"Cherry blossom time"—that’s how Washingtonians casually refer to their annual Cherry Blossom Festival on the National Mall. For 16 days each spring, politicians in the world’s single remaining superpower must compete with the lovely pale pink blooms of ornamental Japanese cherry trees for dominance in the local headlines. Happily, as often as not the cherry blossoms win. The 2011 festival ran from March 26 through April 10.
Much of the festival consists of just what you might expect: a parade down Constitution Avenue complete with supersized balloons, concerts, arts and crafts shows, family activities, food vendors, fireworks, walking and bicycle tours, "royalty" selected to reign over various events, and a formal grand ball.
Other aspects of the festival aren’t so usual. The opening ceremonies, for example, are officiated over by representatives from Japan, the United States, and the District of Columbia and involve lighting a 2-ton, 350-year-old stone Japanese lantern. The grand ball incorporates a traditional sushi reception. The festival’s royalty includes Japan's Cherry Blossom Queen. Indeed, there is a distinct Japanese essence to many of the events associated with the festival—including the attendees. Washington typically enjoys disproportionate numbers of Japanese visitors at this time of year.
As it happens, the cherry trees that are the focus of this annual celebration were gifts of friendship from Japan to the United States, as was the lantern used in the lighting ceremony. The trees, which were presented by the Mayor of Tokyo in 1912, were planted around the Tidal Basin and in West Potomac Park. These elder trees are now mature weeping cherries with beautifully gnarled trunks. A second gift of trees arrived in 1965, and most were planted in the area of the National Mall that surrounds the Washington Monument. The stone lantern was presented by the Japanese ambassador in 1954, honoring the 100th anniversary of the Treaty of Amity and Friendship between his country and ours. The 1980s brought these gifts of friendship full circle when cuttings from the cherry trees in Washington were returned to Japan, replacing trees lost during a natural disaster.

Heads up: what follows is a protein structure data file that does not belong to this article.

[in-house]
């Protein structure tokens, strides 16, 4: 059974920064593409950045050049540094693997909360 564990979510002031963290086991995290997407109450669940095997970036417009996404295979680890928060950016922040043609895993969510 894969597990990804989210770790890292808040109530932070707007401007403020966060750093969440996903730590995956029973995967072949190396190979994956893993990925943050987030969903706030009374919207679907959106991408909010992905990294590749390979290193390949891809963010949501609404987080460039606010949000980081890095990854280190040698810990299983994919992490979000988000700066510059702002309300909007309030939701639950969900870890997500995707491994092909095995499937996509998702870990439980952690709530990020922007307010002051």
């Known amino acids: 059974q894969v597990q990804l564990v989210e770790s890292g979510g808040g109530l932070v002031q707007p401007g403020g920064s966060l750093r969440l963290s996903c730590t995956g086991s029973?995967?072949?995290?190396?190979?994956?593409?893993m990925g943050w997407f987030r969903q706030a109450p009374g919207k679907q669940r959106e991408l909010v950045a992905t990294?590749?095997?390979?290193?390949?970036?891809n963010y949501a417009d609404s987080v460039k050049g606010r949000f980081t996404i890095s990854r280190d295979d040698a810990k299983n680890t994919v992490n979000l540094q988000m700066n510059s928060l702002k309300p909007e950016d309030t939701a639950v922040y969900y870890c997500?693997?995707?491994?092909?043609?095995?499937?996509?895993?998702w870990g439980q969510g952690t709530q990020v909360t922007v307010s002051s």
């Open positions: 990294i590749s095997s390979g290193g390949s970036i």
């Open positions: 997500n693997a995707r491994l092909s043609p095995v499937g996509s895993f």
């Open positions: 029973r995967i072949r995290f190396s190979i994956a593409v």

The course of friendship is not always smooth, of course. Shortly after the Japanese bombed Pearl Harbor in 1941, a few trees were cut down in what was thought to be a symbolic retaliation against Japan. During the next few years, local officials described the trees and their blossoms as "Oriental" rather than "Japanese."
The war years aside, the cherry trees have been a symbol of the growing bond of friendship between Japan and the United States. The crowds of Japanese visitors who arrive during the festival often resemble pilgrims, reverently paying homage to the century-old trees from the original gift. These guests teach the local community quiet lessons in dignity, patience, and respect. The sights, sounds, tastes, and elegance of Japan have become integral contributions to the National Cherry Blossom Festival and lend a sense of ancient Eastern grace to the brashness of a young Western capital.
This year, as evidence of this continuing friendship, the festival has taken "Stand With Japan" as its slogan. In acknowledgement of the continuing tragedy brought by earthquake, tsunami, and nuclear disaster, festival organizers invited participation in a "walk around the Tidal Basin in the spirit of hope and rebuilding." Proceeds from the event and other contributions received throughout the festival will be presented to the International Red Cross to support rebuilding efforts in Japan. But then, there’s nothing like an emergency to bring friends closer.
© BawBaw, LovesTravel - 2011